The Yankees have been making headlines quite frequently of late, mostly not for positive reasons. First there was the trade for Aroldis Chapman after the price to acquire him plummeted following allegations of domestic violence. Then there was Lonn Trost and his desire to keep the peons from mixing with the elites at Yankee Stadium through the banning of print-at-home tickets. Finally, Aroldis Chapman was suspended 30 games under MLB's new domestic violence policy. It has probably been a rough few months for the Yankees' head of public relations.
However, in a stunning turn of events, the Yankees did something nice this past week. I know, I was surprised too. On March 7th, the team signed ten-year-old Landis Sims, born without hands or lower legs, to a one-day contract. Sims, a massive Yankee and baseball fan, had met with the team a few years prior. This time around, he was allowed to partake in spring training activities with the team, such as batting practice and hanging out in the locker room.
Many children dream of playing professional baseball, but few will ever reach the big leagues. For far too many children, their dream of playing professional baseball is quashed at the onset of illness and disability. However, in addition to the signing of Sims this past week, the Yankees have previously invited three children to join their roster on one-day contracts, providing these children with the opportunity of a lifetime.
The previous three children to become Yankees signed with the team as part of HOPE Week 2014. Through the organization Friends of Jaclyn, 12-year-old Ryan Tucker, 11-year-old Sean Callahan, and 4-year-old Quinn Ostergren signed with the Yankees on June 18, 2014.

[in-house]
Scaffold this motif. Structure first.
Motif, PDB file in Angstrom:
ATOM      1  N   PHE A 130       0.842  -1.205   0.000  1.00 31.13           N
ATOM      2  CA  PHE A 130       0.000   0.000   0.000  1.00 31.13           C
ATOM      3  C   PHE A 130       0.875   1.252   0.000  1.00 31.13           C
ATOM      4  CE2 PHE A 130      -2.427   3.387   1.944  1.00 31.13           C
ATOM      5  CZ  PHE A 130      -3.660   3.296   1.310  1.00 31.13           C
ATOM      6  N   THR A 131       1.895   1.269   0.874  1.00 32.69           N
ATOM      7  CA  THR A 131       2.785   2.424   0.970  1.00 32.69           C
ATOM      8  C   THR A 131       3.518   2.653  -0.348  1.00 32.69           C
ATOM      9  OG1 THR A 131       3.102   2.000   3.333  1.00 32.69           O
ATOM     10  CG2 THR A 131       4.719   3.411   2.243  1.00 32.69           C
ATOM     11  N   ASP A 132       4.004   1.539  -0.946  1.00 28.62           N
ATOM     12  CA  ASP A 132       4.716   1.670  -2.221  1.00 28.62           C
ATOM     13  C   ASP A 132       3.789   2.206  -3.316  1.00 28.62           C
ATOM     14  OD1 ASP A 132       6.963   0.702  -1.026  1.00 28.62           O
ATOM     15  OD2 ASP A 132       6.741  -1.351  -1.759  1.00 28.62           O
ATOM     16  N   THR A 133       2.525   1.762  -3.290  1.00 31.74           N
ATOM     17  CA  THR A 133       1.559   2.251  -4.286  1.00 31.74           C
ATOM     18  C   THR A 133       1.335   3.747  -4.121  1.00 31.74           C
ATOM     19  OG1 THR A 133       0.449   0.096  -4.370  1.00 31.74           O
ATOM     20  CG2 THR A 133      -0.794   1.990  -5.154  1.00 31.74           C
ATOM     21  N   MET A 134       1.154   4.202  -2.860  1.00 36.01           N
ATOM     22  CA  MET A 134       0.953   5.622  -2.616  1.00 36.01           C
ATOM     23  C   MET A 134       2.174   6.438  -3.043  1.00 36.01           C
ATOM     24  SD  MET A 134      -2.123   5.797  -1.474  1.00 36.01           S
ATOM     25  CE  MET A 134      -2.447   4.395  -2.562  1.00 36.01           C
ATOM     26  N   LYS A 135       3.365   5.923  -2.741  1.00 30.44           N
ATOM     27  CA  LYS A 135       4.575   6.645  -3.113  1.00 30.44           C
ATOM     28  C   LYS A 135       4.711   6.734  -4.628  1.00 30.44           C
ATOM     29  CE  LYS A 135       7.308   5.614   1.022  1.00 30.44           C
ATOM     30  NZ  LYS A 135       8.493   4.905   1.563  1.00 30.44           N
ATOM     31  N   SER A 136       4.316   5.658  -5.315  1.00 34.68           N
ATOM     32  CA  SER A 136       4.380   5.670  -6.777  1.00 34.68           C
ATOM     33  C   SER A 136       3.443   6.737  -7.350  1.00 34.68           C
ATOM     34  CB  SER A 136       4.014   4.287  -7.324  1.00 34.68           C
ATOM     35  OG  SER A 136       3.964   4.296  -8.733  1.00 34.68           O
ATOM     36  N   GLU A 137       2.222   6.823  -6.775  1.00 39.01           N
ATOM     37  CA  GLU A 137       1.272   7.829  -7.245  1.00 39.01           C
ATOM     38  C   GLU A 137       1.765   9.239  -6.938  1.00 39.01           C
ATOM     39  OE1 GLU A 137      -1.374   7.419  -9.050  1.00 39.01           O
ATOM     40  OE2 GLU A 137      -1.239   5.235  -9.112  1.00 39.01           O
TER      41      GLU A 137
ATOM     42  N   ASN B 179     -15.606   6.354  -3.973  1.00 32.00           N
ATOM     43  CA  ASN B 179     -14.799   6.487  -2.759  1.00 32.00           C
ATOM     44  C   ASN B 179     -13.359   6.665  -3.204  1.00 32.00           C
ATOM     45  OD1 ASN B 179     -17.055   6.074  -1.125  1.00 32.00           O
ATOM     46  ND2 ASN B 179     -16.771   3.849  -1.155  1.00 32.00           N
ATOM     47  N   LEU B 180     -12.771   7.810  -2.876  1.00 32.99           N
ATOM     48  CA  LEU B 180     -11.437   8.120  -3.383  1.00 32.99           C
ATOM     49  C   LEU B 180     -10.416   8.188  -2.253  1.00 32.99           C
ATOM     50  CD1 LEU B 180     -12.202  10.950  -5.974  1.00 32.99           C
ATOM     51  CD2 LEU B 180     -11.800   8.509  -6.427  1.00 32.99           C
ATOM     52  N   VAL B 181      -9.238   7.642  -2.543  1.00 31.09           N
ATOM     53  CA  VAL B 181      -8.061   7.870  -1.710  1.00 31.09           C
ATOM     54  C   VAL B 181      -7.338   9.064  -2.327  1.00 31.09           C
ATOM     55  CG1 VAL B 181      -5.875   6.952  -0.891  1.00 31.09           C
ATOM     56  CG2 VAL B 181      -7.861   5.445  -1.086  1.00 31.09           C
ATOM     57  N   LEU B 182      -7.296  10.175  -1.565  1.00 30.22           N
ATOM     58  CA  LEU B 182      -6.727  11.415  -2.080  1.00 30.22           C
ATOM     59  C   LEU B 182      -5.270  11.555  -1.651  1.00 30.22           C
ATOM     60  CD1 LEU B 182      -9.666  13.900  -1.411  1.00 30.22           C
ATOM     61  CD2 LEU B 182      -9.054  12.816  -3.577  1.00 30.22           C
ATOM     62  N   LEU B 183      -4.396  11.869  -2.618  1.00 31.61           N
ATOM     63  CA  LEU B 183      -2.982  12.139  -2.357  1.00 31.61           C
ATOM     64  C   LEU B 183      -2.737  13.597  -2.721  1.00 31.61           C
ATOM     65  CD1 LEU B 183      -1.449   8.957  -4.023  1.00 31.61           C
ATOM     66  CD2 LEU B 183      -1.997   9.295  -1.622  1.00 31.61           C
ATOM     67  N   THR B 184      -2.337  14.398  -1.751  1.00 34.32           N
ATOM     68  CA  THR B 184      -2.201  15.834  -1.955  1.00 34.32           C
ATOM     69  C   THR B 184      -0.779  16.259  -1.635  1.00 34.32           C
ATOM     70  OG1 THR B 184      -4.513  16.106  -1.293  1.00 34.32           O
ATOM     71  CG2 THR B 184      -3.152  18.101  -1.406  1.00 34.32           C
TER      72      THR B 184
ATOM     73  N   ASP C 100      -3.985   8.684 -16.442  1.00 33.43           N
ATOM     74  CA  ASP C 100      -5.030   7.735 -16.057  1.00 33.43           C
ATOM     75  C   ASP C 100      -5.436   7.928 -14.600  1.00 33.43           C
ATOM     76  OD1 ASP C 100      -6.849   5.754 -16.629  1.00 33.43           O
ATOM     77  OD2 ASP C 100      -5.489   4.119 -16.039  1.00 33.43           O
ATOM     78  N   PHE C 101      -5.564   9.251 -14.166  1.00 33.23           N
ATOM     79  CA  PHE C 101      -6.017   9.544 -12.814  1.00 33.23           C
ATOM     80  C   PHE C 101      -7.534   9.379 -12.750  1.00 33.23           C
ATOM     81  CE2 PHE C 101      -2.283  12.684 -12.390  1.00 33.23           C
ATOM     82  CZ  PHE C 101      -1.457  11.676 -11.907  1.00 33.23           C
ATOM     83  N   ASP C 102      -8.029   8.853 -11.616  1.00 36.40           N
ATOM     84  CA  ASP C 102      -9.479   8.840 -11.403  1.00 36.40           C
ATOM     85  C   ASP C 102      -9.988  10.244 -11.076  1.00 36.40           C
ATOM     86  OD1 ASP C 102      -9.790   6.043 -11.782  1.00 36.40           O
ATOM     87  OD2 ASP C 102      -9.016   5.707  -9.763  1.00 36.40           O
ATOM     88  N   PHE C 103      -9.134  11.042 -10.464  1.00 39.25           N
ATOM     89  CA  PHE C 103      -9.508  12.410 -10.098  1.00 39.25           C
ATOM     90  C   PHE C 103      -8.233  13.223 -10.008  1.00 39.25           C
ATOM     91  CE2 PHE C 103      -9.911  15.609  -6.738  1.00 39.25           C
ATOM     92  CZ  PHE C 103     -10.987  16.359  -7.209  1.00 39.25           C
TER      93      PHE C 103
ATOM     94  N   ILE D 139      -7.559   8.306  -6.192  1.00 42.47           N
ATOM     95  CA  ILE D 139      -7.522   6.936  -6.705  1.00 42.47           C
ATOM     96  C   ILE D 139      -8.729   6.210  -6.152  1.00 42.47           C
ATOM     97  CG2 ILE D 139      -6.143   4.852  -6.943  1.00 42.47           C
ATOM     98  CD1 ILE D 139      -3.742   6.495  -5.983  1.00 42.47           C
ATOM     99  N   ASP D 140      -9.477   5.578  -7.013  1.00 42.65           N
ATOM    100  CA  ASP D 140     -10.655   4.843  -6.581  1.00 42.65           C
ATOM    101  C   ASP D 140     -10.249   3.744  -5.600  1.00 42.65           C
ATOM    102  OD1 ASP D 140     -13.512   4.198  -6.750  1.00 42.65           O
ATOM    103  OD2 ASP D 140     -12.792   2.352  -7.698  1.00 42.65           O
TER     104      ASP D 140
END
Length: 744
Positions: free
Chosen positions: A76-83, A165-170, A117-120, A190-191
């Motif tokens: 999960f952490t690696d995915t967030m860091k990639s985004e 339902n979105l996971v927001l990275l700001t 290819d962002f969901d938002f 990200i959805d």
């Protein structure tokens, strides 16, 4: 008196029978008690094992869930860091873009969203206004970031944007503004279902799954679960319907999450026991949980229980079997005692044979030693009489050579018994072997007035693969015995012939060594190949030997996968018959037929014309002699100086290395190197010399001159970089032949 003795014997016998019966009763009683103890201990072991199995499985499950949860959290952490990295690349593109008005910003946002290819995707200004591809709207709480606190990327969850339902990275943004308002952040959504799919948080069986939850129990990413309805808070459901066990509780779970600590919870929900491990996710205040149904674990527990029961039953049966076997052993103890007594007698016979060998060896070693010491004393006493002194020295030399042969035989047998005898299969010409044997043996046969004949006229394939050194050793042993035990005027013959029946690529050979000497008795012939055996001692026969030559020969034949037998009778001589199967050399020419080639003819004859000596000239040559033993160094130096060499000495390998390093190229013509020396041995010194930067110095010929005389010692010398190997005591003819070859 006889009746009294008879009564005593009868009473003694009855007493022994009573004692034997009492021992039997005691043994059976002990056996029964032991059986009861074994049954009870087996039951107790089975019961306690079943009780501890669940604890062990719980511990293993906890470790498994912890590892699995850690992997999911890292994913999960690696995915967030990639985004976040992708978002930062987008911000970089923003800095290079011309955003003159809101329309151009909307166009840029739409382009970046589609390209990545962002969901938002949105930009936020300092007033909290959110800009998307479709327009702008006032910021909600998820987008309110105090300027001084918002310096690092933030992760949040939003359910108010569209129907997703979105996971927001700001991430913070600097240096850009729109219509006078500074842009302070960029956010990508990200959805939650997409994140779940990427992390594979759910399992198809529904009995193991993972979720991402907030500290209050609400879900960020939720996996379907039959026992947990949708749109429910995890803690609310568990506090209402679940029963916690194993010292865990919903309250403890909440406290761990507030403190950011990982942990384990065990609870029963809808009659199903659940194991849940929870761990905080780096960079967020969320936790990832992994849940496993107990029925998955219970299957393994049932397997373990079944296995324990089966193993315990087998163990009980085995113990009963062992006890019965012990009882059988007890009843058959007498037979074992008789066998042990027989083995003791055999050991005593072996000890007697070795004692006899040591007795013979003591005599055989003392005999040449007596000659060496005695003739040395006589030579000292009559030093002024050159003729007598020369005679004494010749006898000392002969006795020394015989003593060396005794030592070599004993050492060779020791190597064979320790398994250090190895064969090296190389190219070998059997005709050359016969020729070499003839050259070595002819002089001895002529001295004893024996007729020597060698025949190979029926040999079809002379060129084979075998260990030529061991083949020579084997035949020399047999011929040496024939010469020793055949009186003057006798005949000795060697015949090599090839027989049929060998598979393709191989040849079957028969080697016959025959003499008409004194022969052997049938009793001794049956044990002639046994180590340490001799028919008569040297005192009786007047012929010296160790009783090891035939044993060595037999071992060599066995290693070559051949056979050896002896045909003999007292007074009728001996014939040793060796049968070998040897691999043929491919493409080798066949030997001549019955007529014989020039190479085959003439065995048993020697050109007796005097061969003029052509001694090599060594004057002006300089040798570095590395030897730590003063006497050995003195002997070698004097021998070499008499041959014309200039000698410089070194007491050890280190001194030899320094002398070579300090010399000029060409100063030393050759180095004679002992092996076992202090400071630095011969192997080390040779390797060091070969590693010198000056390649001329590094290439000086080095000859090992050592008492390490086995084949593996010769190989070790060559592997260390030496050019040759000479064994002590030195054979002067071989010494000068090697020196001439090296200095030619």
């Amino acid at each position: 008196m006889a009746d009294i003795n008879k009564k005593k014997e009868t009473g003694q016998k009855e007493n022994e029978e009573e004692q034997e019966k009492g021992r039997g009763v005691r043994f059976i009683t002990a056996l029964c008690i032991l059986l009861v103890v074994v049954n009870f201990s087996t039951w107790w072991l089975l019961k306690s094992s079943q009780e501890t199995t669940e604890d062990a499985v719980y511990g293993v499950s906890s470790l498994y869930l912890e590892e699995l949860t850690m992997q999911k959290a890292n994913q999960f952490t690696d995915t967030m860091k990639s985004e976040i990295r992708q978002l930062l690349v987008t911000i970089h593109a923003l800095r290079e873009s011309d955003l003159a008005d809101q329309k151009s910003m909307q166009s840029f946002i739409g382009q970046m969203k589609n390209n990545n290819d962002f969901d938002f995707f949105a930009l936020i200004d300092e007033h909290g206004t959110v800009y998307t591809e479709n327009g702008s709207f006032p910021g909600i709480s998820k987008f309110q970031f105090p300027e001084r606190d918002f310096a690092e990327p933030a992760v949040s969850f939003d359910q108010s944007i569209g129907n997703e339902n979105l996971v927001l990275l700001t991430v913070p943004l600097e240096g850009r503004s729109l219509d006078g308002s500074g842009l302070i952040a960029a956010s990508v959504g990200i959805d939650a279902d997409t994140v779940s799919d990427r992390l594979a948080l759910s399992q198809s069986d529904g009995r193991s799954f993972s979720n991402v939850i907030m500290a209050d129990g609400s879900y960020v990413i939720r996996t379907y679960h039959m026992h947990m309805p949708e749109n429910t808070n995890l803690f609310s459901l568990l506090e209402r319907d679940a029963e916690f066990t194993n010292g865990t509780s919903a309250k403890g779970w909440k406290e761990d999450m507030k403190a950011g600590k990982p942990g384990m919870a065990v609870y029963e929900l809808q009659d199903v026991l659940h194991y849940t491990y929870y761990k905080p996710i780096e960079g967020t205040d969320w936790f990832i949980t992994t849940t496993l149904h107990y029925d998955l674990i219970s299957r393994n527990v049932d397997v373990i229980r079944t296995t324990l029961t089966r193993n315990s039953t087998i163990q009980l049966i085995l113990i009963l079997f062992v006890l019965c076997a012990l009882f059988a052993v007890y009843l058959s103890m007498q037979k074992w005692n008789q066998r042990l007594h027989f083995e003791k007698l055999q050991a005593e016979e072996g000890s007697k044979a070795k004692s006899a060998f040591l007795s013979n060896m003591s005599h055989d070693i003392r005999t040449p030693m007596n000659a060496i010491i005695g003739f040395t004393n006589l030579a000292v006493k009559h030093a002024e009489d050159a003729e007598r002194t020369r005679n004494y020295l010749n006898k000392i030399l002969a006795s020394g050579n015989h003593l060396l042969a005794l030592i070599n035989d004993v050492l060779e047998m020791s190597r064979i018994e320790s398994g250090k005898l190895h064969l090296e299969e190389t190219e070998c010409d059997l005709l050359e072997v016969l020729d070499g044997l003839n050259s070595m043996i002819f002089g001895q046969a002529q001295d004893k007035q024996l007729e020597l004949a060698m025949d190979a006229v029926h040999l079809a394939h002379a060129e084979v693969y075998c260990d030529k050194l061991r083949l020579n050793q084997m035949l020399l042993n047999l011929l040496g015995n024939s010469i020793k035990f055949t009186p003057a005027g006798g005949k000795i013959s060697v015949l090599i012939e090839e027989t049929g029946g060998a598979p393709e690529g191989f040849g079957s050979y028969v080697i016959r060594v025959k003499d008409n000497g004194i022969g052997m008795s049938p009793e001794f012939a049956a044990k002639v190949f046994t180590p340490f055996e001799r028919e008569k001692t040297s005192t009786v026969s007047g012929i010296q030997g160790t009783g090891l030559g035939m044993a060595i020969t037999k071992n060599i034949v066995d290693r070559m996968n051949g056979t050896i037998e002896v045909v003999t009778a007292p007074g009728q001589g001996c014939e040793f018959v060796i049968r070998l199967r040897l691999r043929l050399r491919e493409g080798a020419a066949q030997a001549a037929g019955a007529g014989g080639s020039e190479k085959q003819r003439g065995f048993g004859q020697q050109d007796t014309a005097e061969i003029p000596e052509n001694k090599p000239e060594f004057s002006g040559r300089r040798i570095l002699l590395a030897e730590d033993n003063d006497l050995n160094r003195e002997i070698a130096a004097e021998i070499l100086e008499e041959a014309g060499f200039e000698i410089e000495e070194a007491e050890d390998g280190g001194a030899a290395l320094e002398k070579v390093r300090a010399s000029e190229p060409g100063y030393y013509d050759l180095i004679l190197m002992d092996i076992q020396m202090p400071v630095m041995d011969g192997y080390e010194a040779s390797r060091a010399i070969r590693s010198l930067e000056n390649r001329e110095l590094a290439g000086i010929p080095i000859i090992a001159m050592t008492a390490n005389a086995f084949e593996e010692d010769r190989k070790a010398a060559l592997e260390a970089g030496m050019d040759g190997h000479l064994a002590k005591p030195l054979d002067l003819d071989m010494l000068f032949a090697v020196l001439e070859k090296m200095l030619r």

All three children were battling brain cancer at the time and were thrilled by the surprises the Yankees had in store for them that day. The children signed their contracts in the press room, where the likes of Alex Rodriguez and Jacoby Ellsbury once signed theirs. They participated in team stretching and batting practice, received lockers in the clubhouse, and spent time in the dugout with the team.
The event was quite meaningful for all of the children involved. Tucker was diagnosed with cancer at the age of three, underwent four surgeries, and had finally just completed treatment. Having grown up a massive Yankee fan, Tucker stated, "I always wanted to be a Yankee since I was 4. It feels pretty good to wear the pinstripes. I'm having a lot of fun."
Ostergren, Tucker's younger cousin, became the first female to ever sign with the team. Her dad grew up a huge Yankee fan, and after the day's festivities, her mom said, "I married into [being a Yankee fan], but I'm very happy to be a Yankee fan."
The final child who signed a contract during HOPE Week was Callahan. After being diagnosed with brain cancer at the age of two, he recovered but was diagnosed once again at ten years old. He was known to have inspired everyone he met. After all, not every child suffering from cancer writes a book called Don't Give Up: Advice from a 10 Year Old Cancer Survivor. During his time at Yankee Stadium, he spent the entire day smiling, and was rendered speechless other than an "awesome" upon arriving to the clubhouse. Unfortunately, Callahan passed away in 2015 at the tender age of 12.
Like most of us, I cannot even attempt to understand or describe what it is like to suffer from major disability or brain cancer as a child. All I can do is thank the Yankees for stepping up and making these kids' dreams come true, and for increasing the hope in the world, even just through the experiences of these four children.